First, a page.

I recently read an online column that referred to Washington, D.C., as "the nation's capitol." Oh, dear. I'm sure it was a slip of the keyboard, because we all know that Washington is the "capital," while the "Capitol" is the building in which Congress meets.
But a question occurred to me for the first time—why? Why does the building have an "o"? This turned out to be a more difficult question to answer than I had imagined. The Capitol's Web site's FAQ page does not answer it, and there is no SAQ page for Seldom Asked Questions. The history of the Capitol addresses why the building is placed where it is, but no source I found contemplated the question "Why is it called the Capitol?"
The only other "capitol" I could find was a fleeting reference to the Collis Capitolinus or Capitoline Hill in Rome, the site of the ancient Temple of Jupiter, now called Campidoglio.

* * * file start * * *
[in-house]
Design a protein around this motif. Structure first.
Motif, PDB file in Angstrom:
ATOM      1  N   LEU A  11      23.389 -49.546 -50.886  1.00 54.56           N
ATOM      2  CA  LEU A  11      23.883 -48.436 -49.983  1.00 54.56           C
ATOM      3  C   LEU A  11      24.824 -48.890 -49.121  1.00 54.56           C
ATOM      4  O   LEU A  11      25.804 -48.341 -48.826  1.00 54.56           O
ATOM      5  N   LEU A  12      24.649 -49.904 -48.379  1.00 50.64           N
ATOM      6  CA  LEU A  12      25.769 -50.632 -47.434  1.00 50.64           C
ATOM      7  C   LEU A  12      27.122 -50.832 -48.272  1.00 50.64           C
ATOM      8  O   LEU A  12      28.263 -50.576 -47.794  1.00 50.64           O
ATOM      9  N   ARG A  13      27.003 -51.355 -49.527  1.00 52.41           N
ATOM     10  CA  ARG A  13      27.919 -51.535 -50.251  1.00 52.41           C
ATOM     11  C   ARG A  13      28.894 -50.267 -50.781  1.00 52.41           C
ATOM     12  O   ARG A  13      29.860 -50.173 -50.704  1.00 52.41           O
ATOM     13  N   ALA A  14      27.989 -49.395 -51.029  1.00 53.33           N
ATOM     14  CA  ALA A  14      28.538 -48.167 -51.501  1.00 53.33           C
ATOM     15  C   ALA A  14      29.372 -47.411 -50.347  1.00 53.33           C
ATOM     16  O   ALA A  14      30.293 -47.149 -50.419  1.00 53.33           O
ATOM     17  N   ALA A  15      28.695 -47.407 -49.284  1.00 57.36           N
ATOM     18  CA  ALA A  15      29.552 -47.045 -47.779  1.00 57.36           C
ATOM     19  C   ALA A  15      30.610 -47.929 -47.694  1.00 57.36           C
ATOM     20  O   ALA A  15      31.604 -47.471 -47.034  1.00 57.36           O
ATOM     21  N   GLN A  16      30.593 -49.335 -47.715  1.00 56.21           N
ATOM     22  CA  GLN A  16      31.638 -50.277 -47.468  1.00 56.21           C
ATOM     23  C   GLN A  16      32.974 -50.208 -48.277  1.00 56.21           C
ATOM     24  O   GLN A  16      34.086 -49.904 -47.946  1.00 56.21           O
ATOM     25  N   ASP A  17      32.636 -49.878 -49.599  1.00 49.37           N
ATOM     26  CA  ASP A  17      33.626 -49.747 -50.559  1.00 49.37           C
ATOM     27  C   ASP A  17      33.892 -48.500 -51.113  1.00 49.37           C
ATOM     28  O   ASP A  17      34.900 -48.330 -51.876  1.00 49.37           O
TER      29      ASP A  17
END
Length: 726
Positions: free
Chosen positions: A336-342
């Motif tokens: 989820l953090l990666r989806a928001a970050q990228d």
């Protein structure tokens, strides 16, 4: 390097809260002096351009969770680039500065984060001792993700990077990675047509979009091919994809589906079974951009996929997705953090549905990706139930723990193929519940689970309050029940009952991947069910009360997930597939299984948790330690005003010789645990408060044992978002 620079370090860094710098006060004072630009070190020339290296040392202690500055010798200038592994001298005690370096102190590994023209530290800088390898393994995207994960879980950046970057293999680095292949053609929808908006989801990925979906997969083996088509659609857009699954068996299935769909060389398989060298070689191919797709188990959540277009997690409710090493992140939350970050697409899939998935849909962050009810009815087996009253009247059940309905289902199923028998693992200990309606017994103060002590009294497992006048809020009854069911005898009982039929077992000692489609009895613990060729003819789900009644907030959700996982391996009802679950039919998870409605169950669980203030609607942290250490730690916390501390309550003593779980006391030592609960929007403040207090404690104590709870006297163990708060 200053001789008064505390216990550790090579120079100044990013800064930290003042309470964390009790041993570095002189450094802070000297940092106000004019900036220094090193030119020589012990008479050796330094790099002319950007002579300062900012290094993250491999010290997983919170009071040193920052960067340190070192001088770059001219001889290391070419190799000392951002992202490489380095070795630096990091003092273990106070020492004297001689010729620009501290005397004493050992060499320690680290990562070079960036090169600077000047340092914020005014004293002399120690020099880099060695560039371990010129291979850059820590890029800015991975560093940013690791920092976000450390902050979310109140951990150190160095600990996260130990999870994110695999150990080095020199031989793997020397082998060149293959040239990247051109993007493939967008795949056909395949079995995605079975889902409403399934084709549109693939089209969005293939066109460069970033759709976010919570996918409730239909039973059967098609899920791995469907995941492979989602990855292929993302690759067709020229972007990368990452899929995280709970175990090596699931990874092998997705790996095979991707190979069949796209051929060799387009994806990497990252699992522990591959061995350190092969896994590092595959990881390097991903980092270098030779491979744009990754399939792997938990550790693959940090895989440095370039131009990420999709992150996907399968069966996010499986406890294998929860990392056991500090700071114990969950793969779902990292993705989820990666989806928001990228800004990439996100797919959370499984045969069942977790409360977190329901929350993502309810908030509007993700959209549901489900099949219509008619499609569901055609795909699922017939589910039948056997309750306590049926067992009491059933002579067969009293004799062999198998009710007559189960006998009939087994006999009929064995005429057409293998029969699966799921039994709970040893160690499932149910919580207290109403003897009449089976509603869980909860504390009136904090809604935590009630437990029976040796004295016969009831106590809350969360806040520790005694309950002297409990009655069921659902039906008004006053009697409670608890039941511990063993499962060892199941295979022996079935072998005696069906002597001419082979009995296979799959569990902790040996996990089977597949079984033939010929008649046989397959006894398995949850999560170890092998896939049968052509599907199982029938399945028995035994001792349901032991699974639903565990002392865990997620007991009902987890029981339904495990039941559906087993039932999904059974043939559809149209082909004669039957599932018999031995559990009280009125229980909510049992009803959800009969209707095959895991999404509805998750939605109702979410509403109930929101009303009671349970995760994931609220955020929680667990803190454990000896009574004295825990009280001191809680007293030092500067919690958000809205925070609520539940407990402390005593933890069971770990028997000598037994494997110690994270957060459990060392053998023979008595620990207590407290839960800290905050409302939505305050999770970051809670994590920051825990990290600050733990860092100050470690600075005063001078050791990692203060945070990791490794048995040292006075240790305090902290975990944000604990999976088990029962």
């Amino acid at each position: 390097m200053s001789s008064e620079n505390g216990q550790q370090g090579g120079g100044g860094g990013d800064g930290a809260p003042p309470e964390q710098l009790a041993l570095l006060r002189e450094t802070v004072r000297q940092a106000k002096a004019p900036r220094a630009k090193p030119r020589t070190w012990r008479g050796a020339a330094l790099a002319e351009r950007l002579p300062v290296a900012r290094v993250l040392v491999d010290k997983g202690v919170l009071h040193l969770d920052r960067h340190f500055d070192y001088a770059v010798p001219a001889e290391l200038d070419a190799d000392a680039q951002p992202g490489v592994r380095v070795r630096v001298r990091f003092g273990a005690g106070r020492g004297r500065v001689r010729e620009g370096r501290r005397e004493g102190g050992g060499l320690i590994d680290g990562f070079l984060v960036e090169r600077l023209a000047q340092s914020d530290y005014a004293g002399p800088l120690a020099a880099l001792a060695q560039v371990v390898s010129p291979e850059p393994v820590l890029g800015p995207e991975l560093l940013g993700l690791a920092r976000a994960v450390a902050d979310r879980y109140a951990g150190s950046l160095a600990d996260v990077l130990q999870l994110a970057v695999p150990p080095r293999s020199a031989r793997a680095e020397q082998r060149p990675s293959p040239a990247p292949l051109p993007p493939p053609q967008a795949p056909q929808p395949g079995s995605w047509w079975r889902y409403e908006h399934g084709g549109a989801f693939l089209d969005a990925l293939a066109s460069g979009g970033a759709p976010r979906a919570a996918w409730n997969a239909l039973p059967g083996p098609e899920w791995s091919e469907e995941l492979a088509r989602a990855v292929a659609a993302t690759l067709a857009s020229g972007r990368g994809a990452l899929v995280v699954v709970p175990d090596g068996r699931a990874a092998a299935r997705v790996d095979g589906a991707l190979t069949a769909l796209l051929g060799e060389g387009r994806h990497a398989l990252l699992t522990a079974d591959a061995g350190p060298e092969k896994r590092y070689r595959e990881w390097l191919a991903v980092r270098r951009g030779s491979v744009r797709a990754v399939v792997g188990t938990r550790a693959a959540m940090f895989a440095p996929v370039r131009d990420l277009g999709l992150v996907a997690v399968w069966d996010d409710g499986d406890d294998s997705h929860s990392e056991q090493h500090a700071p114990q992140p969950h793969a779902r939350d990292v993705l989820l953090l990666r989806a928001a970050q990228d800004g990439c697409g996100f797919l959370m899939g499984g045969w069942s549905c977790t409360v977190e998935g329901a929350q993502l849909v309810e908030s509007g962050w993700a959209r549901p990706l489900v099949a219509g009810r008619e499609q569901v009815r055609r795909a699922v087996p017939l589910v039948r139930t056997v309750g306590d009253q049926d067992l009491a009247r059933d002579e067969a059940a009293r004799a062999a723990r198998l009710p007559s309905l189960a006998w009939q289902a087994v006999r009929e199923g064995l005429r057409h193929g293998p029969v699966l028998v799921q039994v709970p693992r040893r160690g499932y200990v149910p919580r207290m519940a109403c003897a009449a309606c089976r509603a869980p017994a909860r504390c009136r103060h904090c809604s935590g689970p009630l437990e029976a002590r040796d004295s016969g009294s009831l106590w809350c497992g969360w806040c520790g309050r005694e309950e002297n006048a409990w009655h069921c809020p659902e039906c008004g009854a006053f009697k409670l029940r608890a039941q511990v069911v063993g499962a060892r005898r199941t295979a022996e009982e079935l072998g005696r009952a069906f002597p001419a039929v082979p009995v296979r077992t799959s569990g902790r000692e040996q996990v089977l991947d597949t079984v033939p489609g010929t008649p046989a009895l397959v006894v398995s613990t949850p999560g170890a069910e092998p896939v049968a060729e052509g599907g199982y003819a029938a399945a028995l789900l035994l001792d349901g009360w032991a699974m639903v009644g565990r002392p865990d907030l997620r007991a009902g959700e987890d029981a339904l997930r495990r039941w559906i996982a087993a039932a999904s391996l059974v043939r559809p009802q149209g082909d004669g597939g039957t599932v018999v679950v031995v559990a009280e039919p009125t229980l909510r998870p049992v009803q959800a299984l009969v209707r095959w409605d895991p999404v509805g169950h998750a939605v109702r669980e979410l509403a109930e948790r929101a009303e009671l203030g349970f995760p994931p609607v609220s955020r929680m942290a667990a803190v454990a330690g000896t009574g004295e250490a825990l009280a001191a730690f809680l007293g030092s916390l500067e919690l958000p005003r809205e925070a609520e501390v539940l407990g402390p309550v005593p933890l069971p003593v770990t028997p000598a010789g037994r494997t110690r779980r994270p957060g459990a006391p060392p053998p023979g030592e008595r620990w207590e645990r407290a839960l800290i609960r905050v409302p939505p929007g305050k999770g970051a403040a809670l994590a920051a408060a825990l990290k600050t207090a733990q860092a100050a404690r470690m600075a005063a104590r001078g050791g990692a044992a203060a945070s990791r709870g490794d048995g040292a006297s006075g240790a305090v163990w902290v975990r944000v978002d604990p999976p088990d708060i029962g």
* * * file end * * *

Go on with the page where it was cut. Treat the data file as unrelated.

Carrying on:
I can only infer that our Capitol was named for the long-gone structure that was ancient Rome's preeminent temple. The Founding Fathers, many of whom were beneficiaries of a classical education, made reference to the Roman republic in their writings and organizations, such as the Society of the Cincinnati, based on the Roman consul, Cincinnatus, a farmer who led Rome in time of war and then returned to his farm. George Washington, even then thought of as America's Cincinnatus, was the society's first president.
Maybe I should let the folks who manage the Capitol Web site know about this.